Daily Market Wire 31 July 2019

Lachstock Consulting July 31, 2019
Grains futures markets were mostly firmer on Monday night.
  • Chicago wheat September contract down 6.25 cents per bushel to 497.25
  • Kansas wheat September contract down 3c to 433.5c,
  • Minneapolis wheat September contract down 3.75c to 528.75c,
  • MATIF wheat September contract up €1.25 per tonne to €177;
  • Corn September contract down 5.75c to 411.25;
  • Soybeans August contract down 7c to 878.75c;
  • Winnipeg canola November contract down C$1/t to $448.40;
  • MATIF rapeseed November contract down €2.25 to €375.75;
  • Brent crude September contract up $1 per barrel to $64.70;
  • Dow Jones down 23 points to 26,988 approx;
  • AUD weakened to US$0.6870c;
  • CAD strengthened to $1.314;
  • EUR strengthened to $1.115

Market news

Grain markets came under pressure overnight in the US as Chinese trade talks appear to be on a road to nowhere – Chicago wheat gave up six and a quarter cents to 497.25¢, KC off 3¢ to 433.5¢, Minny off 3 3/4¢ to 528 3/4¢, and Matif up 1.25€ to 177€ on the earlier close. Corn broke off 5 3/4¢ to 411.25¢ and beans were back 7¢ to 878 3/4¢ (Winnipeg canola off a buck to $448.4, Matif off 2.25€ to 375.75€ on Nov).  The DOW was off 23 points, though up from the open, as earnings reports begin to come in, and crude was up a buck to $58 WTI / $64.7 Brent (both up a quarter since the close of the day sessions).  Even with the US fed set to cut rates, the AUD has broken down to 68.7¢, while the euro is slightly stronger to $1.115 and the CAD steady at $1.314.  The GBP continues to print new lows on Brexit concerns though, off to $1.215 overnight.

In the modern world we find that diplomacy is conducted many times over Twitter … and tweets from the US President Trump that criticised Chinese actions in trade negotiations were not taken well by those who had remained optimistic for a deal.  Apparently he also pays attention to the ag news (Lachstock included?), as he highlighted the absence of any new Chinese ag purchases (that he’d much touted after previous talks).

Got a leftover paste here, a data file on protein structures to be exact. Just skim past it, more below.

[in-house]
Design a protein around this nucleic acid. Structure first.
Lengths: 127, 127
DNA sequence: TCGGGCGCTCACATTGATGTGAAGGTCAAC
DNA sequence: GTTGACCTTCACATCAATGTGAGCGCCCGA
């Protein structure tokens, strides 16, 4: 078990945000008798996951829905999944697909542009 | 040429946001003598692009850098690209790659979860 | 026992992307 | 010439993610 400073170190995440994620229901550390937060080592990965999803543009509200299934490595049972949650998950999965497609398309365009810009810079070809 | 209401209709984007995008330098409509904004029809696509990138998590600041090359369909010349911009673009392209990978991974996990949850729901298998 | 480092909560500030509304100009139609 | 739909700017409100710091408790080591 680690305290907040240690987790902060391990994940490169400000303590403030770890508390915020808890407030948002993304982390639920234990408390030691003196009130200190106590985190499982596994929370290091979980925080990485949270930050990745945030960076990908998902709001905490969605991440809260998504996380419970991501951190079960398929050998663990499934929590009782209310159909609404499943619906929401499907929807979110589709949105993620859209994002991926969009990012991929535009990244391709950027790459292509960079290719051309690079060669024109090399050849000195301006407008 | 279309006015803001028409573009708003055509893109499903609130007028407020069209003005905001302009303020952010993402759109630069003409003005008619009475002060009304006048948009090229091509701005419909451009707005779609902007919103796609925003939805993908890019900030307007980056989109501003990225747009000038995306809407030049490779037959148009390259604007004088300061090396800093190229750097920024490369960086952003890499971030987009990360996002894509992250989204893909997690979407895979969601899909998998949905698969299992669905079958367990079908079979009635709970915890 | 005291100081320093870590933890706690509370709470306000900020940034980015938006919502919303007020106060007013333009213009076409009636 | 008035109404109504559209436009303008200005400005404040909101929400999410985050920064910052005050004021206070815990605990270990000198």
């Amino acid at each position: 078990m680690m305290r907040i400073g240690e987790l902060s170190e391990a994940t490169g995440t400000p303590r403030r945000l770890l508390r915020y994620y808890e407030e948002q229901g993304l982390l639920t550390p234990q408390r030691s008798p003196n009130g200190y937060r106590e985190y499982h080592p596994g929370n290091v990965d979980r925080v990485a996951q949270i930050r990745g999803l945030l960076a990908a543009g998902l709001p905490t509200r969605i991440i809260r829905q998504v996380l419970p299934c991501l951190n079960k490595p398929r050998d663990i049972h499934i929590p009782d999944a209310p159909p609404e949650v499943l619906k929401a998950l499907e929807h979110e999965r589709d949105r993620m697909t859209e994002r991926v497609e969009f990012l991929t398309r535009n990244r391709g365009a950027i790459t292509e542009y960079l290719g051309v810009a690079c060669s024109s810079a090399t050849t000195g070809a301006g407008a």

Over in the EU, wheat harvest is beginning to wrap up with German harvest approaching three-quarters complete and French fieldwork staggering along (with delays from fire bans and some scattered rain).  The hot/dry weather has also benefited quality (as it has done in the Black Sea – noting the Russian protein situation and similar improvement in results out of Ukraine, with the “milling wheat” share there up to ~70% vs slightly over half in a normal year).  (The “milling wheat share” of the Ukrainian crop is an aggregation of better quality grades in comparison to the remaining lower grades that get lumped into “feed wheat”).

Biofuel markets have taken a hit (amid an ongoing tight period for ethanol producers), with the head of the US EPA defending waivers on blending obligations – claiming that such waivers have not hurt ethanol demand (although they have also smashed the value of RIN credits in the last year, cutting demand for these credits by nearly 2 billion gallons equivalent – and as such sharply hit the margins for ethanol production ……..).  From an Australian perspective, the question is how much corn demand will reduced ethanol production take off the balance sheet (easing up any potential for US corn tightness) with the current trend sharply negative as plants continue to idle and run rates remain slow.


Back in Australia, domestic grain markets are likely to be very quiet this week as the AGIC grains conference is on in Melbourne on Wednesday/Thursday/Friday.  Lachstock will be attending – and happy to catch up with anyone there.

Lachstock is also joining the team from Farmlink Marketing Solutions on their Canadian crop tour – today’s results were very much in line with pre-tour expectations for “variability”, reflecting the mixed impacts of the early dryness and later recovery (with significant differences between fields depending on showers and crop timing).

Source: Lachstock Consulting




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